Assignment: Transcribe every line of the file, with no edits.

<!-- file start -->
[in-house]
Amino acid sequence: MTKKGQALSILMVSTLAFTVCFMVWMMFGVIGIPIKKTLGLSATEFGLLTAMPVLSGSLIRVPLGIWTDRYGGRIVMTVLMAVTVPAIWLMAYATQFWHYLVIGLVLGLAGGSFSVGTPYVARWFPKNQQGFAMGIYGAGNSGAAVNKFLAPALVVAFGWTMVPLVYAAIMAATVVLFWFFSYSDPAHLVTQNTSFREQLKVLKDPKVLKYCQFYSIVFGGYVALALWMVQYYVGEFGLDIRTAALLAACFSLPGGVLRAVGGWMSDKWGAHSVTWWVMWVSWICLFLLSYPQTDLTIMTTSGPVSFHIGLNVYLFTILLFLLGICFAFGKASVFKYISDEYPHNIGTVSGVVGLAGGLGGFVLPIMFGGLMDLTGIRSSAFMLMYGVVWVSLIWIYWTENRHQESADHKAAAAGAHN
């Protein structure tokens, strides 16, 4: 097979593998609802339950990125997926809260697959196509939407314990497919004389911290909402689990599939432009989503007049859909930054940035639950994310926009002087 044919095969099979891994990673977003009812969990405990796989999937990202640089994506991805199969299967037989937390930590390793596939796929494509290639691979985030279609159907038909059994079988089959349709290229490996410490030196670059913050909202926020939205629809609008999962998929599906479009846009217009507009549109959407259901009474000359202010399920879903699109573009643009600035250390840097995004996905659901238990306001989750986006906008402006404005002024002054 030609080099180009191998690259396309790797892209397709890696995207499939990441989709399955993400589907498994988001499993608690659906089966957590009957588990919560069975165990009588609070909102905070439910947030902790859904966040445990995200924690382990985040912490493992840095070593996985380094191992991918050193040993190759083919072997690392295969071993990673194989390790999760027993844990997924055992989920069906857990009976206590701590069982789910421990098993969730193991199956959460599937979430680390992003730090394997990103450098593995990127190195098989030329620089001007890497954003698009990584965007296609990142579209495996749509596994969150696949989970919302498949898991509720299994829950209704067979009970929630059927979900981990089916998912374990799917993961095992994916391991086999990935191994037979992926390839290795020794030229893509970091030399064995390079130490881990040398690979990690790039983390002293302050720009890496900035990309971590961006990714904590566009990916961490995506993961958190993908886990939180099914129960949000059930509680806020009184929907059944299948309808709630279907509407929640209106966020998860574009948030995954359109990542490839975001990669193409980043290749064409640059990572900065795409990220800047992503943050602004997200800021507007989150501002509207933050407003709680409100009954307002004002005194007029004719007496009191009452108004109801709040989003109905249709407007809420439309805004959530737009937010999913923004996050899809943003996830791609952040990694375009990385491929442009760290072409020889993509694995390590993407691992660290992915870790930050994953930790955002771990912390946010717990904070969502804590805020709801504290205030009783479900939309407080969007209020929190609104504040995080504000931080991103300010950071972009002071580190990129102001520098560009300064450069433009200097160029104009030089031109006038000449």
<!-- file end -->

[in-house]
Amino acid sequence: MTKKGQALSILMVSTLAFTVCFMVWMMFGVIGIPIKKTLGLSATEFGLLTAMPVLSGSLIRVPLGIWTDRYGGRIVMTVLMAVTVPAIWLMAYATQFWHYLVIGLVLGLAGGSFSVGTPYVARWFPKNQQGFAMGIYGAGNSGAAVNKFLAPALVVAFGWTMVPLVYAAIMAATVVLFWFFSYSDPAHLVTQNTSFREQLKVLKDPKVLKYCQFYSIVFGGYVALALWMVQYYVGEFGLDIRTAALLAACFSLPGGVLRAVGGWMSDKWGAHSVTWWVMWVSWICLFLLSYPQTDLTIMTTSGPVSFHIGLNVYLFTILLFLLGICFAFGKASVFKYISDEYPHNIGTVSGVVGLAGGLGGFVLPIMFGGLMDLTGIRSSAFMLMYGVVWVSLIWIYWTENRHQESADHKAAAAGAHN
């Protein structure tokens, strides 16, 4: 097979593998609802339950990125997926809260697959196509939407314990497919004389911290909402689990599939432009989503007049859909930054940035639950994310926009002087 044919095969099979891994990673977003009812969990405990796989999937990202640089994506991805199969299967037989937390930590390793596939796929494509290639691979985030279609159907038909059994079988089959349709290229490996410490030196670059913050909202926020939205629809609008999962998929599906479009846009217009507009549109959407259901009474000359202010399920879903699109573009643009600035250390840097995004996905659901238990306001989750986006906008402006404005002024002054 030609080099180009191998690259396309790797892209397709890696995207499939990441989709399955993400589907498994988001499993608690659906089966957590009957588990919560069975165990009588609070909102905070439910947030902790859904966040445990995200924690382990985040912490493992840095070593996985380094191992991918050193040993190759083919072997690392295969071993990673194989390790999760027993844990997924055992989920069906857990009976206590701590069982789910421990098993969730193991199956959460599937979430680390992003730090394997990103450098593995990127190195098989030329620089001007890497954003698009990584965007296609990142579209495996749509596994969150696949989970919302498949898991509720299994829950209704067979009970929630059927979900981990089916998912374990799917993961095992994916391991086999990935191994037979992926390839290795020794030229893509970091030399064995390079130490881990040398690979990690790039983390002293302050720009890496900035990309971590961006990714904590566009990916961490995506993961958190993908886990939180099914129960949000059930509680806020009184929907059944299948309808709630279907509407929640209106966020998860574009948030995954359109990542490839975001990669193409980043290749064409640059990572900065795409990220800047992503943050602004997200800021507007989150501002509207933050407003709680409100009954307002004002005194007029004719007496009191009452108004109801709040989003109905249709407007809420439309805004959530737009937010999913923004996050899809943003996830791609952040990694375009990385491929442009760290072409020889993509694995390590993407691992660290992915870790930050994953930790955002771990912390946010717990904070969502804590805020709801504290205030009783479900939309407080969007209020929190609104504040995080504000931080991103300010950071972009002071580190990129102001520098560009300064450069433009200097160029104009030089031109006038000449």